Lately I have been seeking out efficacious ways of bringing my life into order before embarking——assuming for a moment a maritime metaphor for matrimony——on the journey of marriage. The ultimate longing under discussion is a quiet life of humble spiritual devotion, but there are many physical aspects to this. If our bodies are temples of the Holy Spirit as the Apostle Paul assures us in his first epistle to the Corinthians, then physical discipline is holistically intertwined with spiritual wellbeing and with the creature’s relationship to the Creator. The important first step in my budding personal renaissance has been getting out of bed at six o’clock rather than at seven o’clock. This has allowed for a revolution in my diet. It has eliminated those unfortunate occasions when I barely have time to throw leftovers into my lunch box before scampering over to the junior high school to rummage through the staff snack basket for breakfast.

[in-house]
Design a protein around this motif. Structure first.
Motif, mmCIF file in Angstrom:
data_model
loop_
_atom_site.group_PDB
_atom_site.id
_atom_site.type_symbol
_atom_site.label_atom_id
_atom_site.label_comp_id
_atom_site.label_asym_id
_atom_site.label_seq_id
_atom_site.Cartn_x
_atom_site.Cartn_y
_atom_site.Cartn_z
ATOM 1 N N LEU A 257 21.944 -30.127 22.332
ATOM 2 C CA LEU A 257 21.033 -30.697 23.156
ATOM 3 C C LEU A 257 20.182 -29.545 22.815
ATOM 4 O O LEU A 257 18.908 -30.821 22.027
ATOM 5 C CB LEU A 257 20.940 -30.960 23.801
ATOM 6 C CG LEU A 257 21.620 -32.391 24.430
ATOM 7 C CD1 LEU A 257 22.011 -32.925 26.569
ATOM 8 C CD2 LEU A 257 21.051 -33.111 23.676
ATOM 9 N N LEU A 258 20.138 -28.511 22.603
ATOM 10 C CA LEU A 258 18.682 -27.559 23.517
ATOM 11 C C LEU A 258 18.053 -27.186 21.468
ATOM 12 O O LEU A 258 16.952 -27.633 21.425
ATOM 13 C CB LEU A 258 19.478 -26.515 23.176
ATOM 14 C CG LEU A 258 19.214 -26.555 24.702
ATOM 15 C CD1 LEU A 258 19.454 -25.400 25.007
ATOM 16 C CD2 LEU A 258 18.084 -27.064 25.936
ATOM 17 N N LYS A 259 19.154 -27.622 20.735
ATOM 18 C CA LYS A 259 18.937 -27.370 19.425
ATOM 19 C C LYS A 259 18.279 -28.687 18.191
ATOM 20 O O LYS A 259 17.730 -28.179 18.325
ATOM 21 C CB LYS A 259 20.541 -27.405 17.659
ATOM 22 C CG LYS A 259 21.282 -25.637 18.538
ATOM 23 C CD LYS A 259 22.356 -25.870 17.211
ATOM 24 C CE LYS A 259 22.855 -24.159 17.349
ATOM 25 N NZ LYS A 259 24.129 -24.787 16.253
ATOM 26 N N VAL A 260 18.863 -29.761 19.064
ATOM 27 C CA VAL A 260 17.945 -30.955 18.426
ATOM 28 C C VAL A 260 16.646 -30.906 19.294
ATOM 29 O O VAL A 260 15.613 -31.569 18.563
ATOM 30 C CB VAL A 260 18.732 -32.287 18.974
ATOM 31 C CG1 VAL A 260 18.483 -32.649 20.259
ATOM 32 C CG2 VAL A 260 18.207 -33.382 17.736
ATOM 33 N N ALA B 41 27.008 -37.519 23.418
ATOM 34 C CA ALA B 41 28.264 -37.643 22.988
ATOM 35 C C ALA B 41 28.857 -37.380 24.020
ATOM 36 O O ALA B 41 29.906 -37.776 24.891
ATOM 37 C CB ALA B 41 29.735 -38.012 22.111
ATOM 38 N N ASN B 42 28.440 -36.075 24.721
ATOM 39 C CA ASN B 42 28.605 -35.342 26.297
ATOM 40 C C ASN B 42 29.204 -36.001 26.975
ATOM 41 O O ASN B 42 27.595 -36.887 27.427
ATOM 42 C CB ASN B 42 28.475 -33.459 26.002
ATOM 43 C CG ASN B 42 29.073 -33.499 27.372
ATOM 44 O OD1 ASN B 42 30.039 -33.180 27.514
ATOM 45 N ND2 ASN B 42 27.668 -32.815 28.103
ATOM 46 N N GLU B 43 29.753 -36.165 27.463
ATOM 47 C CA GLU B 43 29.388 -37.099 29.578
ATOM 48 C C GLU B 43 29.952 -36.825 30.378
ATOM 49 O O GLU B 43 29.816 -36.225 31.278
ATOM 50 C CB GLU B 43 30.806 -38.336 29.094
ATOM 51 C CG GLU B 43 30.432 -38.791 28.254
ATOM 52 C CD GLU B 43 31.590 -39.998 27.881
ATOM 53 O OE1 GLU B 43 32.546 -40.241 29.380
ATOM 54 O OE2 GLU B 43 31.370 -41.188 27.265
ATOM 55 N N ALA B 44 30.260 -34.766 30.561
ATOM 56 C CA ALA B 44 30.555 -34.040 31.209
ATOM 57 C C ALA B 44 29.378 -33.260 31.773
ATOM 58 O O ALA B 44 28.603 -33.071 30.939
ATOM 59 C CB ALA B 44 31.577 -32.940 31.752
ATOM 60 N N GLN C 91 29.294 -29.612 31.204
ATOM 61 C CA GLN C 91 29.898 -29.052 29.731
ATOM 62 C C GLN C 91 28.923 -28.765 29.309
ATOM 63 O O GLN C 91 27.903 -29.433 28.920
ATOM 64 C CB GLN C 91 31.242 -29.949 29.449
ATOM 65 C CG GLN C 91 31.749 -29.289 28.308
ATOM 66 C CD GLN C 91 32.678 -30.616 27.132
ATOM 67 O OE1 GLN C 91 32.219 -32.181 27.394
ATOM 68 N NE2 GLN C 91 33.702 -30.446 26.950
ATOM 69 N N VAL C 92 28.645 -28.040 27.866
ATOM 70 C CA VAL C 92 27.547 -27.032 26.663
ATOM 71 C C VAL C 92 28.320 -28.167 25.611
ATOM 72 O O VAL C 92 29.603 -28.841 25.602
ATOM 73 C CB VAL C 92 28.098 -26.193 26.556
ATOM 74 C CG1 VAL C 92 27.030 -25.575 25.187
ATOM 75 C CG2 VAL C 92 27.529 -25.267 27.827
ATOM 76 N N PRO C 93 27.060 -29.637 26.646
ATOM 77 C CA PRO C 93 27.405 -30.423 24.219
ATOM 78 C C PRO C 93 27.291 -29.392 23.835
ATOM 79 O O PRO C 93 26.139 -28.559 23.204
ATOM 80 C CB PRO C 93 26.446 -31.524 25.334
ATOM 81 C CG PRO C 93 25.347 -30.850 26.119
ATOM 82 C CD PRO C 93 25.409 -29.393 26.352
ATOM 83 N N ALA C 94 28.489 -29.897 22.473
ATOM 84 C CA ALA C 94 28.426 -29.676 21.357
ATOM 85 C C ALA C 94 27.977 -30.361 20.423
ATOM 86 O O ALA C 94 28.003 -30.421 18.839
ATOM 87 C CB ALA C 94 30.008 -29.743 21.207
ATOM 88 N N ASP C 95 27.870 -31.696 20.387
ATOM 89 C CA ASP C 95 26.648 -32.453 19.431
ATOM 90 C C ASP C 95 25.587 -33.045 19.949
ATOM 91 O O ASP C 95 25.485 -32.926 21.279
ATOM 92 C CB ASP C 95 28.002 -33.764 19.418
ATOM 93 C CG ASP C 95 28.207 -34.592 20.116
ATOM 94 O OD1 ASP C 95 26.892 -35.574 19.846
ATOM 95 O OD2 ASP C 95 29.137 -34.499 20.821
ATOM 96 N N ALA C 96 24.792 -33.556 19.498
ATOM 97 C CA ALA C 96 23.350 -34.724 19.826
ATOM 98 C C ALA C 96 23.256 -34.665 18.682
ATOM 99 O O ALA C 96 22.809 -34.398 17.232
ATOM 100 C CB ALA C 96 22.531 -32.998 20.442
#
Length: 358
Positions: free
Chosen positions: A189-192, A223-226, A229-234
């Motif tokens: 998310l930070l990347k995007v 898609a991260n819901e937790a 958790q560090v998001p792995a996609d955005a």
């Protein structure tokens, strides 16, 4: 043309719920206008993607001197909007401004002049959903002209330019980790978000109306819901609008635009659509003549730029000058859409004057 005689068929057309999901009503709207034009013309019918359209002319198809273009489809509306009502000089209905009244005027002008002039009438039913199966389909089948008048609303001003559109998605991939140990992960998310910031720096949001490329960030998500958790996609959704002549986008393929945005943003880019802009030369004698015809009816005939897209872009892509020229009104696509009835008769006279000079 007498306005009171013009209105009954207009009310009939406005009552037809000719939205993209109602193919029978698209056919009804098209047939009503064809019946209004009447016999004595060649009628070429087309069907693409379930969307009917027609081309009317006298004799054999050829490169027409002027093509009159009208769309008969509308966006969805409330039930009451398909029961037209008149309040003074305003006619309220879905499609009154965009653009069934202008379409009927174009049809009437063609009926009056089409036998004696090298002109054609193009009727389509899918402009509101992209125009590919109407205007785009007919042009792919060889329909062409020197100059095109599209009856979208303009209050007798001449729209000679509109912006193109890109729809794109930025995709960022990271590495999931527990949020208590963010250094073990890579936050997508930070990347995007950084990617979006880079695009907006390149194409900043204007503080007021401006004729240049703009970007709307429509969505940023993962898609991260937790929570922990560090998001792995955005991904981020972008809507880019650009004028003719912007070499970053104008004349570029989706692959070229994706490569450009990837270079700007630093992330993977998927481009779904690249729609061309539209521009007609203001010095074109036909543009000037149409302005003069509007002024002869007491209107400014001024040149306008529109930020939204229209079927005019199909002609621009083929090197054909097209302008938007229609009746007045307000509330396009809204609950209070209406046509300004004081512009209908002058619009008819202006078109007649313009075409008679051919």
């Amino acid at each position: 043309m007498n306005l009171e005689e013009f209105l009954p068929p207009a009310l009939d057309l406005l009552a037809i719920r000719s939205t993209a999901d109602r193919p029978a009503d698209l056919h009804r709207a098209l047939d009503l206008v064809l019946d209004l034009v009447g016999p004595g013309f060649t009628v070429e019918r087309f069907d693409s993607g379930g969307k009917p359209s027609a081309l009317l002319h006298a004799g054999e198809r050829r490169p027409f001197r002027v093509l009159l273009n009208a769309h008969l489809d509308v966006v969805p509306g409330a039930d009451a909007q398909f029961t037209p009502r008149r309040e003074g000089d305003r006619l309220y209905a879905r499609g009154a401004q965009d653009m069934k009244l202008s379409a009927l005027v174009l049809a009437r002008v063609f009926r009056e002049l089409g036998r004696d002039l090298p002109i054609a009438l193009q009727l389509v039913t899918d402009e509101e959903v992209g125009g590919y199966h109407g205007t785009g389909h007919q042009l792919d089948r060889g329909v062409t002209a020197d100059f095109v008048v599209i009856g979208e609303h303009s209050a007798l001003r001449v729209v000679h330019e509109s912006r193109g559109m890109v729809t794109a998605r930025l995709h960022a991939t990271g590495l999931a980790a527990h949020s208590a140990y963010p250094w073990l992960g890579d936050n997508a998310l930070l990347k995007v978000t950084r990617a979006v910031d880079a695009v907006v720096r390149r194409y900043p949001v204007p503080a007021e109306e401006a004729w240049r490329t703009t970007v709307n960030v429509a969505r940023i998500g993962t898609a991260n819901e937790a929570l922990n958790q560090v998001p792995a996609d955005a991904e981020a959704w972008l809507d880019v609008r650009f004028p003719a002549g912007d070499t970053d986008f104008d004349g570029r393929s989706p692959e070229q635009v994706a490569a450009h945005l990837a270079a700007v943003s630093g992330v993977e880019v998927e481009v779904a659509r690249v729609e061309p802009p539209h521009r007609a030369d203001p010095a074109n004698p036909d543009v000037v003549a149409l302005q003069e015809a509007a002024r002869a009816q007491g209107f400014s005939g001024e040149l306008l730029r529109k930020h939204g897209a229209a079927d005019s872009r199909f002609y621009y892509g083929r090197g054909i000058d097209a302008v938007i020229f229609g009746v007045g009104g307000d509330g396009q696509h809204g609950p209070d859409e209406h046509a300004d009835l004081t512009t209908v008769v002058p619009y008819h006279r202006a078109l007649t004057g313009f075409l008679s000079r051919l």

This is what my breakfast table typically looks like these days (breakfast on the left, box lunch on the right). Since it consists entirely of items commonly eaten by local folks it is cheap, and it is supposedly quite healthy as well. For supper, I am trying to move away from the typical curry rice → mabo-dofu → stir fried rice cycle that is so tempting to a bachelor. Unfortunately this challenge is made difficult by my lack of knowledge regarding what to do with local vegetables and seafood. Nevertheless, there is a new principle at work in my life: rice mixed with kochujan and sesame oil ≠ supper.
My Most Important Vegetable
I have also begun eating a lot more natto. It’s a vegetable, it’s cheap, and I don’t need to cook it. I just mix in mustard, shoyu (soy sauce) and minced leek (there’s another vegetable right there). According to one of NHK’s food specials I should stir my natto 424 times before eating it but I can’t count fast enough so I just approximate. Those only marginally acquainted with natto who want to be possessed of a more academic knowledge of this most noble of stinky foods should take a good long look at this History of Natto and Its Relatives compiled by scholastically inclined soy enthusiasts who have gone to the trouble of quoting natto historians and tracing the fivefold mythology of the birth of natto.